Strasburg not pushing to make opening day

WEST PALM BEACH, Fla. (AP) — Stephen Strasburg doesn’t intend to push his recovery from thoracic outlet surgery to be ready for opening day.

“I think for me it’s about sticking to the program,” the Washington Nationals pitcher said Tuesday after facing hitters for the first time since the operation last summer. “My routine is having a six-week spring training. I think of all years to try and be aggressive, I don’t know if it’s necessarily the right year or the right time to do it. My goal is to be ready when I’m ready and be there the rest of the way.”

He threw two- and four-seam fastballs, curveballs and changeups to Victor Robles, Lane Thomas, Juan Soto and Josh Bell.

“I thought he looked really, really good,” catcher Riley Adams said. “Good command of all his pitches.”

Strasburg came off the mound smiling.

“It was definitely exciting,” he said. “You can throw bullpens all you want, but as soon as you get a hitter in there, the competitive juices start to flow. That’s kind of one thing I’ve been lacking for a bit. It’s nice to get that feeling back and get accustomed to it again.”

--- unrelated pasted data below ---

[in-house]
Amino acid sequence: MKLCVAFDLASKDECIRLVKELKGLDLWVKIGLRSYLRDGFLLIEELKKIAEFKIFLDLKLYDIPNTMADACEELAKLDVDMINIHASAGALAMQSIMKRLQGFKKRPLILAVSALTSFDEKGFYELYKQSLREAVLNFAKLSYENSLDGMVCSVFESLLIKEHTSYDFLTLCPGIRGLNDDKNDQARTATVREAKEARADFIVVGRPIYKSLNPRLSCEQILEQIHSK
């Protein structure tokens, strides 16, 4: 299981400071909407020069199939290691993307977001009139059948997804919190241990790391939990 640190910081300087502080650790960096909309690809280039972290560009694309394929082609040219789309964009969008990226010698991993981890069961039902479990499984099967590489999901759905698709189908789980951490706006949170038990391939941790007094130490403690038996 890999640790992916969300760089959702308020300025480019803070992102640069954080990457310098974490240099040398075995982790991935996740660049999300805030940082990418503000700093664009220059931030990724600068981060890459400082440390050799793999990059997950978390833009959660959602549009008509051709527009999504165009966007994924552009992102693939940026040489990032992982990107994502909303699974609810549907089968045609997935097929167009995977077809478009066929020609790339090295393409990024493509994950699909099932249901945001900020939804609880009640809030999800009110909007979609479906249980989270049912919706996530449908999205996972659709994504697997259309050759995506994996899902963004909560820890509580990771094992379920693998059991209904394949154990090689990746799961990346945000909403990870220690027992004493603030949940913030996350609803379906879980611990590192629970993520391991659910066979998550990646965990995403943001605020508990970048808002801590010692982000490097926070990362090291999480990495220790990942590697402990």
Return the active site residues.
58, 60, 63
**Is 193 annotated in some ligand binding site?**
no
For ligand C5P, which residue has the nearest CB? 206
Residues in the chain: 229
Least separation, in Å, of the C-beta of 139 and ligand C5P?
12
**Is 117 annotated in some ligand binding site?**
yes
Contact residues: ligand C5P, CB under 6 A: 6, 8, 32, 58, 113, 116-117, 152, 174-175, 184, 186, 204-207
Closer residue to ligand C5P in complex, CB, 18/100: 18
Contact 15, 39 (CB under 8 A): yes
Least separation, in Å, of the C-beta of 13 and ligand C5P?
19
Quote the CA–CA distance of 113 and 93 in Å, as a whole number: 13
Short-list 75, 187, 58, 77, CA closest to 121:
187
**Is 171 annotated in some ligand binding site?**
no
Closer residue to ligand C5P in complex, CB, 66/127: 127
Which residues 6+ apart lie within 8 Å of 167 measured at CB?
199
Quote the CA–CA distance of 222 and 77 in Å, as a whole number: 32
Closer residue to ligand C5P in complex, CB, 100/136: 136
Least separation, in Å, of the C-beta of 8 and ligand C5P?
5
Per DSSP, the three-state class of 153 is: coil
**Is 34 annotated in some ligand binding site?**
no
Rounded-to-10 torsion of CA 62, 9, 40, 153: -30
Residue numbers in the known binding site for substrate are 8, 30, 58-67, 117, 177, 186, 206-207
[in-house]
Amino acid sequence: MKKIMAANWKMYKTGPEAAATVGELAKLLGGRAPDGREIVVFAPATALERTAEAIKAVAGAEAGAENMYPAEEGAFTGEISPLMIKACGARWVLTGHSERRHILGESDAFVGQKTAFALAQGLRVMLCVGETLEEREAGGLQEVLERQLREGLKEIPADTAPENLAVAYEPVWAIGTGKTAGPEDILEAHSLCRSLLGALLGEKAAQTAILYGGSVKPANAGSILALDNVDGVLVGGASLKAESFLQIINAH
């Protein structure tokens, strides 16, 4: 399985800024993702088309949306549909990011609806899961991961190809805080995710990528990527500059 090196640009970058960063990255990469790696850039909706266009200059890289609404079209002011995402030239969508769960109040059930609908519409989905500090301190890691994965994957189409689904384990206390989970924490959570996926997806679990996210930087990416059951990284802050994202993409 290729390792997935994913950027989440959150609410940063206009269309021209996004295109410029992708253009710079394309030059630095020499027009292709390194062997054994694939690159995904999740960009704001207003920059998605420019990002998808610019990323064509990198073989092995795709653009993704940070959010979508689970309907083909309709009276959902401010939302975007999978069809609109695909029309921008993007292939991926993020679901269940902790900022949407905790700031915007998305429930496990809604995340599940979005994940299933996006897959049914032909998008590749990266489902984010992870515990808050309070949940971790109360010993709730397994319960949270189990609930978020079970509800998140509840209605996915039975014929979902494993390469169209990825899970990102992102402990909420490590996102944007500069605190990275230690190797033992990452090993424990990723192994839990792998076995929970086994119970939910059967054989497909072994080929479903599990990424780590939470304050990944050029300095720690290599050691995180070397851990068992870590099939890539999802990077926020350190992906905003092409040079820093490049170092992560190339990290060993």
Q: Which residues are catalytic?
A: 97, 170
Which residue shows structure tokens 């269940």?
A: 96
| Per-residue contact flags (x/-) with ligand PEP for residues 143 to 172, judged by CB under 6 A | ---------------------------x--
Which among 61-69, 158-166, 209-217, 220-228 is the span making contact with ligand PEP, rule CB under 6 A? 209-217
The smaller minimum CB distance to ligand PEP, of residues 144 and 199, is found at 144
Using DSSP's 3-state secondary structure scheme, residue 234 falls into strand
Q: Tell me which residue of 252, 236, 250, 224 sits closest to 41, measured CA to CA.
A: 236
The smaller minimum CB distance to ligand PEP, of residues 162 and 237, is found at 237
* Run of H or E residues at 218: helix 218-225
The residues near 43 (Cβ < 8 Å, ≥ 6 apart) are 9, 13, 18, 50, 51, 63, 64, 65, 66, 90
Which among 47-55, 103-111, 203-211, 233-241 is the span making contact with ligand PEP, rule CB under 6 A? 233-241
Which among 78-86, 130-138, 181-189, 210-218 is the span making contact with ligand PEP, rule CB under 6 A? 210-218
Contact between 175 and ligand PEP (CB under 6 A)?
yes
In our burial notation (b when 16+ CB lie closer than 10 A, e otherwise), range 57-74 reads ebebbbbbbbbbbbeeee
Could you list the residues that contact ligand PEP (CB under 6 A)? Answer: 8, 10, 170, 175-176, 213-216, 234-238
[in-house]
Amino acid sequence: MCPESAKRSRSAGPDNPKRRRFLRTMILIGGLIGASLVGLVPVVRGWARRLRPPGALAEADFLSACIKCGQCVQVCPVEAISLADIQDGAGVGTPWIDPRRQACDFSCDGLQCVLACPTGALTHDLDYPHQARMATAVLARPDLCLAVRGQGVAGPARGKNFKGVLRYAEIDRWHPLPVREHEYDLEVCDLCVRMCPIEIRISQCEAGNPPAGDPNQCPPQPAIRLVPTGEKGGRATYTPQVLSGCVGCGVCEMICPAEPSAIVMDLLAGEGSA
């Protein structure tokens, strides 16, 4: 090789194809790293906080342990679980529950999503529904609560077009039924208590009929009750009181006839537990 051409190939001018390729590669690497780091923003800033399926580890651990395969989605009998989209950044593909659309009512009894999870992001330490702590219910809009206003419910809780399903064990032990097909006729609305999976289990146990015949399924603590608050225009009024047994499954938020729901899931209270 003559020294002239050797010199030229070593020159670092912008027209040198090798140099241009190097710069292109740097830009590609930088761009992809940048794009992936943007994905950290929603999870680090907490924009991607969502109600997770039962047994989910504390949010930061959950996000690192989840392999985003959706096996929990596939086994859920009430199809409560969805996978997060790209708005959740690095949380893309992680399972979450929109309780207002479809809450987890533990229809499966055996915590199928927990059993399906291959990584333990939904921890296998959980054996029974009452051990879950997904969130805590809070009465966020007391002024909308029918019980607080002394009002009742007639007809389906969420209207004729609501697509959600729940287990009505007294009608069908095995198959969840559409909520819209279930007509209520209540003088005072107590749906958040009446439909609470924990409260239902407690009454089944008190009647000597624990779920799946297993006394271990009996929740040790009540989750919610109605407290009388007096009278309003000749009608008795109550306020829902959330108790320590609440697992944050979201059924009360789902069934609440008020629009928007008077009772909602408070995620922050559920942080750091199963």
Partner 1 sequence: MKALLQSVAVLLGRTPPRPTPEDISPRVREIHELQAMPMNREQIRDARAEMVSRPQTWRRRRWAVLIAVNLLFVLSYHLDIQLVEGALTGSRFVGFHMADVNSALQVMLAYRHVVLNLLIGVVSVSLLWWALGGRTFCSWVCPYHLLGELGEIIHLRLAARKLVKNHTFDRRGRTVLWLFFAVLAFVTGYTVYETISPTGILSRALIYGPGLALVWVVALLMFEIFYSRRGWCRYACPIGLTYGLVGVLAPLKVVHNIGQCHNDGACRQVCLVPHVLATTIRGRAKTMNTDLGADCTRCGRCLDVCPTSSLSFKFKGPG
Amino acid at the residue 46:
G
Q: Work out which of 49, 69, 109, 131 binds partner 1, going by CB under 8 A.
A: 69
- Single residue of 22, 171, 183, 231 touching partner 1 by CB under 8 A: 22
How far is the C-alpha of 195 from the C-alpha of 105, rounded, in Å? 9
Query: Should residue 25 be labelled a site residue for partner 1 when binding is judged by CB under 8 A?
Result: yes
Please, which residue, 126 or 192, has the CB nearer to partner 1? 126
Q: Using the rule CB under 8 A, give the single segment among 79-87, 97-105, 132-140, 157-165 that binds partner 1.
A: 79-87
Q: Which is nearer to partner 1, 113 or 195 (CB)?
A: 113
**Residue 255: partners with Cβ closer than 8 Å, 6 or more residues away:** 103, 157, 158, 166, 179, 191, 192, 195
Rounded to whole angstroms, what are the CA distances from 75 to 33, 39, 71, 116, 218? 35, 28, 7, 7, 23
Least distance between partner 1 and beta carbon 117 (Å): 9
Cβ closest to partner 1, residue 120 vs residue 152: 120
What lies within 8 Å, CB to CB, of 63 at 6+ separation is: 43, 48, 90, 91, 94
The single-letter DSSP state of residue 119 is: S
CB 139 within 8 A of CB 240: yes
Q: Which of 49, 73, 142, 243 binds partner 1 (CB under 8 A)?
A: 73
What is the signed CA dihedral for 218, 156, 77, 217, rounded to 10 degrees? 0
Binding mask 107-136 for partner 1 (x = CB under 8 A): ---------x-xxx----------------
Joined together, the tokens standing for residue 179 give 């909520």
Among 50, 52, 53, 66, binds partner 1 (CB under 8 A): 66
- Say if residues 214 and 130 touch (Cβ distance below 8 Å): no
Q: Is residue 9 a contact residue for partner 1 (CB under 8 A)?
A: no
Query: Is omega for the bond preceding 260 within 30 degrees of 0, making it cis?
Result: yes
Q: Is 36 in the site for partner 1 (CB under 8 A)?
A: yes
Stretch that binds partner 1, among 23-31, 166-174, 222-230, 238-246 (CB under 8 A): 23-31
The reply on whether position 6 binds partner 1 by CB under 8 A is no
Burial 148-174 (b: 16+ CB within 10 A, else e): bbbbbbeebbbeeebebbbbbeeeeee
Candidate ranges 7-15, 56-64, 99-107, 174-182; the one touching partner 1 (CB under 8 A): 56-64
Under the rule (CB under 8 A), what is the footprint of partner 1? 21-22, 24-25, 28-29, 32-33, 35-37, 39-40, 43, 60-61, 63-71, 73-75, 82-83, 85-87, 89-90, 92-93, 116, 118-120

The 33-year-old right-hander was MVP of the 2019 World Series for the Nationals after going 18-6 with a 3.32 ERA. He was 0-1 in two starts during the pandemic-shortened 2020 season, then 1-2 with a 4.57 in five starts in 2021, the last on June 1.

Dr. Greg Pearl operated on July 28.

“I was actually really excited to see him finish his 25 pitches and walk off the mound kind of like we’ve always seen Stephen walk off the mound, with that little bit of chip on his shoulder,” manager Dave Martinez said. “It was a good day.”

Strasburg is 113-61 with a 3.21 ERA during 12 major league seasons. A normal spring program would lead to Strasburg missing at least the first week of the 2022 season.

“The biggest thing for us, as you know, is to keep him on the mound and keep him healthy,” Martinez said. “We’re going to do whatever it takes to do that.”

Strasburg is tentatively slated to throw batting practice Friday, about 40 pitches around a break to simulate two innings.

“This is kind of a tough situation for everybody,” Strasburg said. ’I’m at this point in my career where the last thing I want is to try do is speed up the process here just to try to pitch a couple weeks earlier.”


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